After a small (and perhaps unavoidable—see Tolkein’s The Two Towers) letdown in The Fall, The Strain Trilogy comes to a rip-roaring conclusion in The Night Eternal. The action is non-stop, and the fantasy element is anchored in enough satisfying detail to make it believable. All the New York landmarks, such as Central Park’s Belvedere Castle and The Cloisters, are real. And while you’re discovering such essential vampire facts as the undead’s inability to cross running water without human help, you’ll also find out that the stone lions outside the New York Public Library have names: Patience and Fortitude. Plus, come on, admit it—there’s something about seeing vampires massing for an attack in a Wendy’s parking lot that makes them more real. The devil’s in the details, and this is one devilishly good read full of satisfying scares. --Stephen King
If you buy a new print edition of this book (or purchased one in the past), you can buy the Kindle edition for only $1.99 (Save 79%). Print edition purchase must be sold by Amazon. Learn more.
For thousands of qualifying books, your past, present, and future print-edition purchases now lets you buy the Kindle edition for $2.99 or less. (Textbooks available for $9.99 or less.)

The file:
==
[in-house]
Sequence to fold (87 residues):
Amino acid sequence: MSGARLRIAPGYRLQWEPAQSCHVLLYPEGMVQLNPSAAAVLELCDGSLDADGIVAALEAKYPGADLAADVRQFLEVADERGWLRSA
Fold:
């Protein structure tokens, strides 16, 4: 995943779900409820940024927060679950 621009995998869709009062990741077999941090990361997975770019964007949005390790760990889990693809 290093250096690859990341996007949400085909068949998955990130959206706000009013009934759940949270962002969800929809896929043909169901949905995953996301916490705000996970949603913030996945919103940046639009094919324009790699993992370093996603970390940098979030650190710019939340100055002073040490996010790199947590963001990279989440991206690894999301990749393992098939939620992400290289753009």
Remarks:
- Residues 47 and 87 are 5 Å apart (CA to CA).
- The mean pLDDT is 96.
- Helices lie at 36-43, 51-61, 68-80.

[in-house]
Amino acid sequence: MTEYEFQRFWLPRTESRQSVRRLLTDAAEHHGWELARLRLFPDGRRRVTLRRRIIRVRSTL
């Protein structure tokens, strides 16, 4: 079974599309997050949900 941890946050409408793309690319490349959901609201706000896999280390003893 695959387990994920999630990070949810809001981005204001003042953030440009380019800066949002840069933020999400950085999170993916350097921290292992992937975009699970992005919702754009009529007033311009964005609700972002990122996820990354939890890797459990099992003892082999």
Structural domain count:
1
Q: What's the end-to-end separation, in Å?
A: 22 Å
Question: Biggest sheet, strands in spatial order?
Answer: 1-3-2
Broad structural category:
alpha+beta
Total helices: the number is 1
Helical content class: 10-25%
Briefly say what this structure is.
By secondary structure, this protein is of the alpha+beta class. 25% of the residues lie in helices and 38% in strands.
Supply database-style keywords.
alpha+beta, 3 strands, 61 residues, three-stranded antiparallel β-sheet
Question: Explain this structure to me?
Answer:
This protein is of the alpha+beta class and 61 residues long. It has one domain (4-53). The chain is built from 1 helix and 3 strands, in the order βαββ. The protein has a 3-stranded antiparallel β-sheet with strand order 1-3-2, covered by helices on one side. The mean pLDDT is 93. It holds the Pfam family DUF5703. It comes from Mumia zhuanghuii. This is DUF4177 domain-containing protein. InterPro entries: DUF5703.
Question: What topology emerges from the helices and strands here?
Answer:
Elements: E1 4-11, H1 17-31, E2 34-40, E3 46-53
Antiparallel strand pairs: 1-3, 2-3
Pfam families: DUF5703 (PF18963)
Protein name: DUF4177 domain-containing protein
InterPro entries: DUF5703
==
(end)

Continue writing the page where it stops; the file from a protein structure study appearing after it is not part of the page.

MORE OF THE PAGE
Top Customer Reviews
This is an action-packed story, set two years after the Fall of humanity at the hands of the vampires. The characters from the first books appear to be the only resistance, and they have to figure out how to win back the world. All while the main character, Eph Goodweather, tries to also free his son, taken captive by his vampire ex-wife in the last book.
What follows is a page turning thrill-ride, with narrow escapes, decent characterization, and finally, a backstory explanation and conclusion. As with the previous books, this is very well paced and will hold your attention as you read through to the very end.
It is not without flaws, however. The backstory was adequate, but a departure from the rest of the series. From the start, the authors have soaked us in the scientific aspects of vampirism, including its spread and the biology of a vampire (to be fair, ripped from Del Toro's movie, Blade II). The ultimate explanations are more mystical than scientific, and it seems odd to have gone to all the trouble of making two main characters scientists and exhaustively explaining the biology of vampires, only to make the origin decidedly non-scientific.
Whatever. It wasn't enough of a problem for me to have not really enjoyed the book, just not getting the fifth star from me.
If you have gotten through the first two books, you really should finish the trilogy. You'll have fun, and that's really what these types of books are about, isn't it?
We went from having a really original vampire concept to one that is not only very hard to swallow, but also is very, very similar to other vampire origin stories we've seen over and over. Disappointed.